Sometimes, there’s this fear of becoming too cerebral about it. Can I will my faith to happen? Does it just come to me? Am I believing what I need to believe in!? I mull over these thoughts and fixate on minutia….and it leads to frustration. Being so meta-cognitive can actually cause doubt. I learned that a deeper faith can come from letting go of some worry and from not trying so hard to believe. You can accept that you don’t have to understand it all perfectly–or “feel” like you are believing what you need to believe at every moment. Letting go and opening one’s mind to God and to all that is possible through Him can itself be a spiritual act. Epiphanies come, but they are not constant. Maybe quiet confidence is more the norm.

Is Faith Rational?

maze_in_my_mind_by_Timmy0829One of the biggest obstacles to my faith is when I get too “rationalistic.” There’s this inner battle that goes on sometimes, between the faith I believe and the facts I know. The source of the struggle comes under many wordings: show me proof before I believe in X; that’s just not logical; it doesn’t make sense. Many people I know would say, “how can you expect me to believe in something as fantastic as this?” They speak of any religion, and none in particular. I have felt this sometimes. No matter how hard I “want to believe” in this element or that, it seems just beyond my reach, and beyond the expectations of a rational mind.

But I realized that faith does not have to conform to reason (read reason in the rationalist, logical, Enlightenment Period sense). When I have anxiety over what I “want” to believe in but can’t, it’s most often because I am trying to force my faith through a rubric of secular reason and logic. For example, it makes “sense” that an apple exists–I see it, feel it, and taste it. It makes “sense” that 2 + 2 = 4. It makes “sense” that the man I injured in a car accident is mad at me. But faith goes beyond these dimensions. It transcends the rational/irrational binary. It transcends the natural world of observable fact and cannot be contained by it.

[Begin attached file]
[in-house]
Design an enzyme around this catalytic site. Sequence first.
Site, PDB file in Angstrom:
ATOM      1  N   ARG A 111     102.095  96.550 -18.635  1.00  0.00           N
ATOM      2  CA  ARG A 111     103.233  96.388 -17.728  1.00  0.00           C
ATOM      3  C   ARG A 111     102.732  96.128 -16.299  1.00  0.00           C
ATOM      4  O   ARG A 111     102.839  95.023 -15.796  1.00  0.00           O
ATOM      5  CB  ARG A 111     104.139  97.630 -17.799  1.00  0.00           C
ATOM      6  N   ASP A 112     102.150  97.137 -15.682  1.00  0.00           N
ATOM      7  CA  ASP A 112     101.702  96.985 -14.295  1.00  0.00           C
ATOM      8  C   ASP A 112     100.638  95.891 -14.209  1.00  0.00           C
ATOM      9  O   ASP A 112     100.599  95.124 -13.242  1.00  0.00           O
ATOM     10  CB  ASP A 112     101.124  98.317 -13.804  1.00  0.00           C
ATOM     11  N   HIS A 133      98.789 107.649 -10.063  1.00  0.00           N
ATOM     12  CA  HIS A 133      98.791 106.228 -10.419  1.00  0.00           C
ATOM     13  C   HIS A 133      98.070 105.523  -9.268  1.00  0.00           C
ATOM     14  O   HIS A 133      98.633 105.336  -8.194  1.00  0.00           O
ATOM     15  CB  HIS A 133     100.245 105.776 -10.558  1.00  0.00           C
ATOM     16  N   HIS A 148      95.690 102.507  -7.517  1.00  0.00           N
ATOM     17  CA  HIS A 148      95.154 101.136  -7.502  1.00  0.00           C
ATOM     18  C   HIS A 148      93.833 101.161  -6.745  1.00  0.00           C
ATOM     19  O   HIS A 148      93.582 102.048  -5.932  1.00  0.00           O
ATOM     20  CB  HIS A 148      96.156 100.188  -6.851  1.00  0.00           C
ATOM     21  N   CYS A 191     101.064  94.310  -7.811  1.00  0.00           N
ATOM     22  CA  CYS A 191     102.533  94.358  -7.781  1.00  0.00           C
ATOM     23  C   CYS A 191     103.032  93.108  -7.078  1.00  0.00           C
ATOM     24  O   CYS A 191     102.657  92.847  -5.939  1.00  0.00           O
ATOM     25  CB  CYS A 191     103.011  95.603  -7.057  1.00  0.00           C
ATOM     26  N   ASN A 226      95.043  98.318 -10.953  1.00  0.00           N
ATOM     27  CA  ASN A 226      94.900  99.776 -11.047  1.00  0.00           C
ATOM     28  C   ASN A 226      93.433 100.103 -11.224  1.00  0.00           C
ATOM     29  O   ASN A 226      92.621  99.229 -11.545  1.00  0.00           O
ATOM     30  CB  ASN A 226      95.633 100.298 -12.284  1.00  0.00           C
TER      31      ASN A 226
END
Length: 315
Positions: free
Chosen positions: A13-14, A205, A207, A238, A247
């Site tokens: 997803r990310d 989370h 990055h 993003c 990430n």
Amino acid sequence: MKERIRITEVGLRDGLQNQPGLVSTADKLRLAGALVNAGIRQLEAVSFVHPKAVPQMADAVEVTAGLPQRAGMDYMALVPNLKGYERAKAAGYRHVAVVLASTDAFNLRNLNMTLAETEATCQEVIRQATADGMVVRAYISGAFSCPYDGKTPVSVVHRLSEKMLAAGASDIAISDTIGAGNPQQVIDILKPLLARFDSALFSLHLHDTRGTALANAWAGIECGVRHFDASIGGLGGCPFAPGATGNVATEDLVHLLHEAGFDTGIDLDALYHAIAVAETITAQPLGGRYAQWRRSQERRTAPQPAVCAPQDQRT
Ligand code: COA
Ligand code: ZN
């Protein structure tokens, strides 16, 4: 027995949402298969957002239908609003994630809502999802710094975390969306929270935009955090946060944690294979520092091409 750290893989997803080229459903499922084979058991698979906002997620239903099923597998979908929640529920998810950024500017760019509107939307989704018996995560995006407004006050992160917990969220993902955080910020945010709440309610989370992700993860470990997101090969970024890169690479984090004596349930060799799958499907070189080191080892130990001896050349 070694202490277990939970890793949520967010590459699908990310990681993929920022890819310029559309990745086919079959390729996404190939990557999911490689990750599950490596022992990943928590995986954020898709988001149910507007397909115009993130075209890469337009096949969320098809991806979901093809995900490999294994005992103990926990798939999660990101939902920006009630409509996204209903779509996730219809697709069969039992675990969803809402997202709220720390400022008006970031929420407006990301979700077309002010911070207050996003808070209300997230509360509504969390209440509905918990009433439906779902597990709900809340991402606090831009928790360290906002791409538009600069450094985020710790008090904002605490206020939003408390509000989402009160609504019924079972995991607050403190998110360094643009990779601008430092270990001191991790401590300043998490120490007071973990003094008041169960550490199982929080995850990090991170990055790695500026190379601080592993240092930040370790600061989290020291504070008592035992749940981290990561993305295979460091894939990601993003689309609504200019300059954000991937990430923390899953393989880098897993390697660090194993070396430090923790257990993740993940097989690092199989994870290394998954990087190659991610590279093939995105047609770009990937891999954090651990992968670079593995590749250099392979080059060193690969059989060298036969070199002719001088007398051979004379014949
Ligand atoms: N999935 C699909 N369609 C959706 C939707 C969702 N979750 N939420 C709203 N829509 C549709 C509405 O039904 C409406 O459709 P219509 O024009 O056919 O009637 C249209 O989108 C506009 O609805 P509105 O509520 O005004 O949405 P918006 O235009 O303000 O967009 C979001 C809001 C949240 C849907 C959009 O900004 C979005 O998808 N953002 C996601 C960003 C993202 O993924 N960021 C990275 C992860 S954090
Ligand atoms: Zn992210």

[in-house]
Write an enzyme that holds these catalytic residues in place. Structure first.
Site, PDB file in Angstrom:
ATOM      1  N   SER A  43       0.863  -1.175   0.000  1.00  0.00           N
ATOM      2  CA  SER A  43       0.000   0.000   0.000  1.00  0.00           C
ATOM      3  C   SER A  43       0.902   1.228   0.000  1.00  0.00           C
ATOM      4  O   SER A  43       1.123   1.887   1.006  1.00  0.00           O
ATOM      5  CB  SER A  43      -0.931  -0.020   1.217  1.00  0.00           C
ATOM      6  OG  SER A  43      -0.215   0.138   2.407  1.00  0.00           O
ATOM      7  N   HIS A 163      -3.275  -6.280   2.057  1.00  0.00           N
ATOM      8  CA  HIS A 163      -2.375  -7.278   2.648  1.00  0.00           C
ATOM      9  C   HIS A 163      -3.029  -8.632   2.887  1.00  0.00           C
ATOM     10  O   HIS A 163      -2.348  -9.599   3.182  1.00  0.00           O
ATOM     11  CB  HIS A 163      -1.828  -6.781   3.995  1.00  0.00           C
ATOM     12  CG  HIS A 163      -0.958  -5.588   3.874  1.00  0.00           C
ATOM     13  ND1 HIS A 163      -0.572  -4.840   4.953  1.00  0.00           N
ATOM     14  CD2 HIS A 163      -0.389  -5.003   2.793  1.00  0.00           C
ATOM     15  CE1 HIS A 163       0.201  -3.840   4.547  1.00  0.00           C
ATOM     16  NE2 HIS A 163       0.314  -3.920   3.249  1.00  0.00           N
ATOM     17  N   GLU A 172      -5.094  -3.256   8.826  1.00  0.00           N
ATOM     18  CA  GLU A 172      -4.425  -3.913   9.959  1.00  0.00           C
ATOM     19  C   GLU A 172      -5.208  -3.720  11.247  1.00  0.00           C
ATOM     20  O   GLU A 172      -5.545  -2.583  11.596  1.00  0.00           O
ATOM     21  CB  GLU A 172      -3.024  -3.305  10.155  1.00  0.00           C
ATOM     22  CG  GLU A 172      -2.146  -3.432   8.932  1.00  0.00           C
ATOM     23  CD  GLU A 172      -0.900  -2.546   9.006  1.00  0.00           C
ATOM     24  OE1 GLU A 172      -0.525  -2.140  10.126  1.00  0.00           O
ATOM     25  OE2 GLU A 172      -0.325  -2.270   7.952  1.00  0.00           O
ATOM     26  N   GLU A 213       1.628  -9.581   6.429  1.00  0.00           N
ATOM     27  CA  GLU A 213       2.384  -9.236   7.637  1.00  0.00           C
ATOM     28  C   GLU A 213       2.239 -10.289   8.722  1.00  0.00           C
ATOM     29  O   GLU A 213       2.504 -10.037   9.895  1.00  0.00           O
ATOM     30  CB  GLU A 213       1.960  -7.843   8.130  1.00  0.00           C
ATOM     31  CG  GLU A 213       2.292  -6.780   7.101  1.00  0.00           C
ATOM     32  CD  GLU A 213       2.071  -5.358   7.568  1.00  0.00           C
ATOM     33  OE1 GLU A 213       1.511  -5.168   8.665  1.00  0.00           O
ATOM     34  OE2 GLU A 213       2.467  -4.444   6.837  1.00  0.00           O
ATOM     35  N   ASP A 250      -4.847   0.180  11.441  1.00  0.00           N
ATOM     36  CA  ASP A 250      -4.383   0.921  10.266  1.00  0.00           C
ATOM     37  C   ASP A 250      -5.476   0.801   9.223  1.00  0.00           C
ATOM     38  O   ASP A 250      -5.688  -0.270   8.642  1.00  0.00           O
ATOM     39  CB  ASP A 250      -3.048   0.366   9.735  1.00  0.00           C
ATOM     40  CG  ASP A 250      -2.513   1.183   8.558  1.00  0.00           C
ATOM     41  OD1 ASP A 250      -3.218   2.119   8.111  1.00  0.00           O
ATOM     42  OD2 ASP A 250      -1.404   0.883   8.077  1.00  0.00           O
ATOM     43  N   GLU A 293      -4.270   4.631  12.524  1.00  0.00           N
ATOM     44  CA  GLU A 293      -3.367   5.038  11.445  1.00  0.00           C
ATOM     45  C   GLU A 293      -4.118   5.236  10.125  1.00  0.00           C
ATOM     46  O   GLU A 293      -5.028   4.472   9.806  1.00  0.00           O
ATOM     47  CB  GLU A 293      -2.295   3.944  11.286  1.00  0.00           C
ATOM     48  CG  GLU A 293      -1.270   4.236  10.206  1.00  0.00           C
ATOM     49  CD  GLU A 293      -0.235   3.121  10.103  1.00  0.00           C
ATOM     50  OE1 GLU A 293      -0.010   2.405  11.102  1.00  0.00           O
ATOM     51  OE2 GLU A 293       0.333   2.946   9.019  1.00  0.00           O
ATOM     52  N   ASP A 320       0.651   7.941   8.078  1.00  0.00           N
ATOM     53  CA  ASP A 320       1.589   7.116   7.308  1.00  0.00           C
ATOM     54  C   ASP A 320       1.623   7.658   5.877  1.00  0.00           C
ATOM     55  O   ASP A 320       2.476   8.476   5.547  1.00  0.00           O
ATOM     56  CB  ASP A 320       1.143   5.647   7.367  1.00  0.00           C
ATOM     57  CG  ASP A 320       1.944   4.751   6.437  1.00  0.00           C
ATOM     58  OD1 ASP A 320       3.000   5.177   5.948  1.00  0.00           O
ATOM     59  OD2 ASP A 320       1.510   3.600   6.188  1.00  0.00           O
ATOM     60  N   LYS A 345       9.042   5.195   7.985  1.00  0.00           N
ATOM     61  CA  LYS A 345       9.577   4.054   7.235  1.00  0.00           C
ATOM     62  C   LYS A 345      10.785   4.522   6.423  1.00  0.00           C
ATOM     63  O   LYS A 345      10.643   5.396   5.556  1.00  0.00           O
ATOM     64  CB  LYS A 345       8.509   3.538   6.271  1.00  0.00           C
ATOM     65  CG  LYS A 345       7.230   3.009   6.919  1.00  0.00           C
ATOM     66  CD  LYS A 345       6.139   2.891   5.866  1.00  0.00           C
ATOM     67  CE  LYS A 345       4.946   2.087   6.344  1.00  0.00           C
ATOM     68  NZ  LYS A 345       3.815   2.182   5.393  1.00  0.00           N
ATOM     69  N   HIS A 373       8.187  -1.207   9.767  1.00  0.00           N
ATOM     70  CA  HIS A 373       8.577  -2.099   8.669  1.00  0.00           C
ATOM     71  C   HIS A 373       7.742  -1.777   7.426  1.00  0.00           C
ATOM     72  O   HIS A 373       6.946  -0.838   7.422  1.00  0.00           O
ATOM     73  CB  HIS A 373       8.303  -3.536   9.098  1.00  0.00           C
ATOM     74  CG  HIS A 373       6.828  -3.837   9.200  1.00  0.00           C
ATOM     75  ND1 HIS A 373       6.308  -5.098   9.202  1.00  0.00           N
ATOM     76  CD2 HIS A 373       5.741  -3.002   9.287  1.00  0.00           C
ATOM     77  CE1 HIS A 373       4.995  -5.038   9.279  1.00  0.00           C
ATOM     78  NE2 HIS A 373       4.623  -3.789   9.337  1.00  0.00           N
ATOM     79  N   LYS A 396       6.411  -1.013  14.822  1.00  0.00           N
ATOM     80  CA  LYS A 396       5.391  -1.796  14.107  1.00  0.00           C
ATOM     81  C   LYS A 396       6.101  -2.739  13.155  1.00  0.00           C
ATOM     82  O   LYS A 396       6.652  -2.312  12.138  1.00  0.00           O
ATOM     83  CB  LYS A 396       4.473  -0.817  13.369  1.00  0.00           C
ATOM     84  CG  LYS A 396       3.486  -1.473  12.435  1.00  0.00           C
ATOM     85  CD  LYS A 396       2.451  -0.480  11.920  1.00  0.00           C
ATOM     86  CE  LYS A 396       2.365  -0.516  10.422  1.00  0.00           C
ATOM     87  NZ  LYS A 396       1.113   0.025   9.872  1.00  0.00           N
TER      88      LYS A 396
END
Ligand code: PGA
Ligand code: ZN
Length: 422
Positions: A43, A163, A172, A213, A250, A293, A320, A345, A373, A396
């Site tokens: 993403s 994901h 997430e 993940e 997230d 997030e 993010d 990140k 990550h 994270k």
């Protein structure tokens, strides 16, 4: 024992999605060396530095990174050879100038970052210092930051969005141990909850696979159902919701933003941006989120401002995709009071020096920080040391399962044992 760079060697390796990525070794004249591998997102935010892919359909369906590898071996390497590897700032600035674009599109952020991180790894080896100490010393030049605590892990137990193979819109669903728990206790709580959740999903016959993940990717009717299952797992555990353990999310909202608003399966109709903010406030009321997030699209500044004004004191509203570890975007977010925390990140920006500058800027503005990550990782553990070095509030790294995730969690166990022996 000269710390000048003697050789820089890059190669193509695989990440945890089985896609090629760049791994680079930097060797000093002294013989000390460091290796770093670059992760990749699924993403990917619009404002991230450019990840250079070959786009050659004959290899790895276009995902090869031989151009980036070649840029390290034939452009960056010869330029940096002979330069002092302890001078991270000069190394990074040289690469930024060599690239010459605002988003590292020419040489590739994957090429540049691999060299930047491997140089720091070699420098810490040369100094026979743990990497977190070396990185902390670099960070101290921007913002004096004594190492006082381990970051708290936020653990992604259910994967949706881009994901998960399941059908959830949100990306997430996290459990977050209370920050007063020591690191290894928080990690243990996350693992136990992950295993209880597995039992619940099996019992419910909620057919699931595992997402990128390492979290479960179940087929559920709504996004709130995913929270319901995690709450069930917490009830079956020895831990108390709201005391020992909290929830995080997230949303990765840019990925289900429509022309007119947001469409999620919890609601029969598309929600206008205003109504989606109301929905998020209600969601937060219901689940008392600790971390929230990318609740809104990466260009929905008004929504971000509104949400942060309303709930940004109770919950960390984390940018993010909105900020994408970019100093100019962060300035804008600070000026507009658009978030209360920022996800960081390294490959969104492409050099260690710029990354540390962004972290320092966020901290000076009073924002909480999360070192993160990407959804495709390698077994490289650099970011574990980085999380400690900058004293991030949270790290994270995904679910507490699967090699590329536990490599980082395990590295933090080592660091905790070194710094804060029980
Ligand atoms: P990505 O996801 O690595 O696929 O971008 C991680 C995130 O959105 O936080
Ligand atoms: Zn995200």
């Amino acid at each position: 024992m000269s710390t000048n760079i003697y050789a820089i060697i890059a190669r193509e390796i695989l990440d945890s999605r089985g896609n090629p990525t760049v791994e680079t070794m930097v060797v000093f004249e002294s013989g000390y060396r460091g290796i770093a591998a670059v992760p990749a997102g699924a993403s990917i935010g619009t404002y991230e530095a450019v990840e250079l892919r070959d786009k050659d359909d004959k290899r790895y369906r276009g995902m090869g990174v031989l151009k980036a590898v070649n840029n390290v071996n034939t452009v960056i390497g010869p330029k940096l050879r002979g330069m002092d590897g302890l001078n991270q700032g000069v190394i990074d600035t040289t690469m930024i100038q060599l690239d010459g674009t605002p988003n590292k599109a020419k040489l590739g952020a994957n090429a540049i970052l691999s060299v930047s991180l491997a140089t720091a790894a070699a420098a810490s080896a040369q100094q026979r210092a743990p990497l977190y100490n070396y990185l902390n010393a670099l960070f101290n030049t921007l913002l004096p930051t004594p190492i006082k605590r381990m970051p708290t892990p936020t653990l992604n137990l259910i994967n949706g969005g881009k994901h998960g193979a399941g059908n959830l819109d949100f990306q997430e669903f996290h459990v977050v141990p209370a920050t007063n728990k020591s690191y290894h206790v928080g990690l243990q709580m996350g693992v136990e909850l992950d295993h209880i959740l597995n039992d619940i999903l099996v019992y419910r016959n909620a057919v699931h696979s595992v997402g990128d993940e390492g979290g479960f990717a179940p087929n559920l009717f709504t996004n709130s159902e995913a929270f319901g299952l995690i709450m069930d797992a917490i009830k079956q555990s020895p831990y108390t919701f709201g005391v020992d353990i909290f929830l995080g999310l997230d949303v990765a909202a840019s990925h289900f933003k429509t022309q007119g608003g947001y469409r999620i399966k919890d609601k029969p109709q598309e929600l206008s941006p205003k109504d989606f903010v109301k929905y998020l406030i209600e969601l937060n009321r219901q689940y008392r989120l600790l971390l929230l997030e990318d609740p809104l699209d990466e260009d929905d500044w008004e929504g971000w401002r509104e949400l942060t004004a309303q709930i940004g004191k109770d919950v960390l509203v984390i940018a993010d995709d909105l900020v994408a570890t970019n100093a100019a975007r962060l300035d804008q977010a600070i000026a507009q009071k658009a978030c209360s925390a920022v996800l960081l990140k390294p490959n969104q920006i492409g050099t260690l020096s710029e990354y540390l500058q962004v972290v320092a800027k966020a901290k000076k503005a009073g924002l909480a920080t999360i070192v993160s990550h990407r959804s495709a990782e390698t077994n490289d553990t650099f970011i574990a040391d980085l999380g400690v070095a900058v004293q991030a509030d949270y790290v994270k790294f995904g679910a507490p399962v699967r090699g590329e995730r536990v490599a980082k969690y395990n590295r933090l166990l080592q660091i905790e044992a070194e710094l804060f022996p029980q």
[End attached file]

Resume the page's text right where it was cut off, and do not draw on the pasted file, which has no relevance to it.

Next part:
Asking if my faith makes “sense” and failing to find an answer…that is not disproving my faith against the test of reason. Rather, it is like trying to grade a history essay using a rubric for a chemistry class. The problem is not that faith cannot fit the rational standards of proof and logic. The problem is that it was never meant to.

Now, since faith is not bound by rational standards and explanations, the worries that follow them can be dismissed. Thoughts like, how can this bread become the Body of Christ? fade away–not because I have found an answer but because I realized that it’s beyond my understanding or anyone’s, and it is supposed to be. Knowing exactly how it happens, or witnessing irrefutable proof that it does happen, is not required in order to believe it. Freeing up my mind from these constraints, I find more room to believe. From here, inner joy and confidence flow outward, and I feel more genuine in what I am doing and thinking.

This idea that faith transcends reason, is a comfort to me when I’m bogged down by my own doubts and anxieties; I hope it can be a comfort to others as well. And it is surprisingly difficult to capture in words! Perhaps if I could comprehend it “rationally” enough to write more precisely, it would cease to be faith.